Bal Gangadhar Tilak

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Bal Gangadhar Tilak (Marathi: बाळ गंगाधर िटळक Born as Keshav Gangadhar Tilak) 23 July 1856(1856-07-23)–1 August 1920(1920-08-01) (aged 64), was an Indian nationalist, teacher, social reformer and independence fighter who was the first popular leader of the Indian Independence Movement. The British colonial authorities derogatorily called the great leader as "Father of the Indian unrest". He was also conferred with the honorary title of Lokmanya, which literally means "Accepted by the people (as their leader)". Tilak was one of the first and strongest advocates of "Swaraj" (self-rule) in Indian consciousness. His famous quote, "Swaraj is my birthright, and I shall have it!" is well-remembered in India even today.

Contents

Early life

Tilak was born in balaji Lane (Madhlee Aalee) in Chikhalgaon, Ratnagiri, Maharashtra to a Chitpavan Brahmin family. His father was a famous schoolteacher and a Sanskrit scholar. He died when Tilak was sixteen. His brilliance rubbed off on young Tilak, who graduated from Deccan College, Pune in 1877. Tilak was among one of the first generation of Indians to receive a college education.[1]

Tilak was expected, as was the tradition then, to actively participate in public affairs. He believed that “Religion and practical life are not different. To take to Sanyasa (renunciation) is not to abandon life. The real spirit is to make the country your family instead of working only for your own. The step beyond is to serve humanity and the next step is to serve God.” This dedication to humanity would be a fundamental element in the Indian Nationalist movement.[2]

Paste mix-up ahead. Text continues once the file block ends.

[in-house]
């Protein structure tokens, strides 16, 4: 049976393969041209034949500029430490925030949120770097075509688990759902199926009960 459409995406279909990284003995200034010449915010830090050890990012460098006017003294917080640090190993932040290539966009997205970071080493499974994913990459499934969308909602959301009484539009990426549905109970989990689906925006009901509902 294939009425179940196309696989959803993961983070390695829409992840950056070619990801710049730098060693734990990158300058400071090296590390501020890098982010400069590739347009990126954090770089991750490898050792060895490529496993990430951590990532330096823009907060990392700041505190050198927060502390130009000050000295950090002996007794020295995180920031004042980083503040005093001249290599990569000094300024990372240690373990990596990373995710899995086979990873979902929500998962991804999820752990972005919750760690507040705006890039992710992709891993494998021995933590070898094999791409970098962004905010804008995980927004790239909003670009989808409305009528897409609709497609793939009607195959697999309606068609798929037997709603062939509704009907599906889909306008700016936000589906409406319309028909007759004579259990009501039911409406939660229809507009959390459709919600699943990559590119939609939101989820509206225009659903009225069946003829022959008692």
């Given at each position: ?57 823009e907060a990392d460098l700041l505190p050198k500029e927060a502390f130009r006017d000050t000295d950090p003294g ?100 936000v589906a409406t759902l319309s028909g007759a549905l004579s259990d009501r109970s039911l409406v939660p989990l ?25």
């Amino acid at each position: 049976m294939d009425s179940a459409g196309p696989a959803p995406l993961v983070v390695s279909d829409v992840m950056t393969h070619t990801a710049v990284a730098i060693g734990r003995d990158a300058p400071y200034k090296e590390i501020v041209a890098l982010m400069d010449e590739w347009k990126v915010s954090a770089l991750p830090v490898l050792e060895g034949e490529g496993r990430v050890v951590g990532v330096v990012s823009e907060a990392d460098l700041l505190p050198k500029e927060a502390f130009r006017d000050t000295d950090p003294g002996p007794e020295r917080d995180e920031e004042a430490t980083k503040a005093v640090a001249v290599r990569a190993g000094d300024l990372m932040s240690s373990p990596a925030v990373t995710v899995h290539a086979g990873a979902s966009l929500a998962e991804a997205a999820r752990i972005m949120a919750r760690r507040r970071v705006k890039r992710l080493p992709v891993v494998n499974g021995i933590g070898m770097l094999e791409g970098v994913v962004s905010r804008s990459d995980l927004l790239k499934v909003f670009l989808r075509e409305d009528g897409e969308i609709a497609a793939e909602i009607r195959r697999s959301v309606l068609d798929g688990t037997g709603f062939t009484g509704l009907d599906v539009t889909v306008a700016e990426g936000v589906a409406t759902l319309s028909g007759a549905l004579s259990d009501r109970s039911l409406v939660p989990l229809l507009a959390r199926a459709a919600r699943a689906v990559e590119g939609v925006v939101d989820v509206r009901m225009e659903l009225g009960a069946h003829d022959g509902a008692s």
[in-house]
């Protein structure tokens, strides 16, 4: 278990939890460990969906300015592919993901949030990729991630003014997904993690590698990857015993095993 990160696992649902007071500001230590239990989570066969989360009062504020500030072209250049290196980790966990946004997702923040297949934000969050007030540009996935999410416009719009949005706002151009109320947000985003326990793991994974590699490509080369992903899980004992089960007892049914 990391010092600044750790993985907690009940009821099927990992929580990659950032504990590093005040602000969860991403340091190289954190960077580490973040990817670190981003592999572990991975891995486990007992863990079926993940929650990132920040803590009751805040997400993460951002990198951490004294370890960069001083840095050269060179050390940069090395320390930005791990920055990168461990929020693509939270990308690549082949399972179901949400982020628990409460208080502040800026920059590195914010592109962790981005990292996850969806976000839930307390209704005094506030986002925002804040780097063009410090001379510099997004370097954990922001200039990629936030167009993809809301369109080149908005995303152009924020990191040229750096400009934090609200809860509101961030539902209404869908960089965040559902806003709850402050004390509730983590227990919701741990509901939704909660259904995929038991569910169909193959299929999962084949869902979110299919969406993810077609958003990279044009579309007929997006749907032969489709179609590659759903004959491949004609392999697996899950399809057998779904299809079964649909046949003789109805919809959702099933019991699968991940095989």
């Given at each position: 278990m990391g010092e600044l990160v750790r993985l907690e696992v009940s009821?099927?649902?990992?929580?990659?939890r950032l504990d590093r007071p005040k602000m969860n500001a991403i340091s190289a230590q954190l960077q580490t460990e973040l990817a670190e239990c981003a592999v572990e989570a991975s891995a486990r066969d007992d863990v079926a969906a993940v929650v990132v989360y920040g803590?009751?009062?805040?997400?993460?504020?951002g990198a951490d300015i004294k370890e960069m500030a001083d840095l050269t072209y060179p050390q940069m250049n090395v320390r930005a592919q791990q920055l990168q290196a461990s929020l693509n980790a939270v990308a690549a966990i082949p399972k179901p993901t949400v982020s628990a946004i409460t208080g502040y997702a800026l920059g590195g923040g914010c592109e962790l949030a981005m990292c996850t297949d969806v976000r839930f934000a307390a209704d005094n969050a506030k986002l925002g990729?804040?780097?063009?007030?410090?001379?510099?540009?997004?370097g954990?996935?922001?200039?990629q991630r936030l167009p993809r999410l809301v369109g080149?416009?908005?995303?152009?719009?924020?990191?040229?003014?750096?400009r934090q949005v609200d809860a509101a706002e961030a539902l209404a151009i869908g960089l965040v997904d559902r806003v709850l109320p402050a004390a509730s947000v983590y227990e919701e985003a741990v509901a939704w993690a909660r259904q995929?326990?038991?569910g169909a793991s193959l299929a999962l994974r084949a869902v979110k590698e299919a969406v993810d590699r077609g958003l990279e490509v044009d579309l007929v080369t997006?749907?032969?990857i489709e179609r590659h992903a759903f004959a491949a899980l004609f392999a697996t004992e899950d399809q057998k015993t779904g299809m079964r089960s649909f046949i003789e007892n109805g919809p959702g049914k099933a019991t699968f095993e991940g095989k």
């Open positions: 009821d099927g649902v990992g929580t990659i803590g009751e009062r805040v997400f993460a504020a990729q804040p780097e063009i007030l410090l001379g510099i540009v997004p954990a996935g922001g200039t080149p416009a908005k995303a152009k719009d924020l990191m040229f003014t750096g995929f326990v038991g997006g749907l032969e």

After graduating, Tilak began teaching mathematics in a private school in Pune. Later due to some ideological differences with the colleagues in the New School, he decided to withdraw from that activity. About that time he became a journalist. He was a strong critic of the Western education system, feeling it demeaned the Indian students and disrespected India's heritage. He organized the Deccan Education Society with a few of his college friends, including Gopal Ganesh Agarkar, Mahadev Ballal Namjoshi and Vishnu Krishna Chiplunkar whose goal was to improve the quality of education for India's youth. The Deccan Education Society was set up to create a new system that taught young Indians nationalist ideas through an emphasis on Indian culture.[3] Tilak began a mass movement towards independence that was camouflaged by an emphasis on a religious and cultural revival.[4] He taught Mathematics at Fergusson College.

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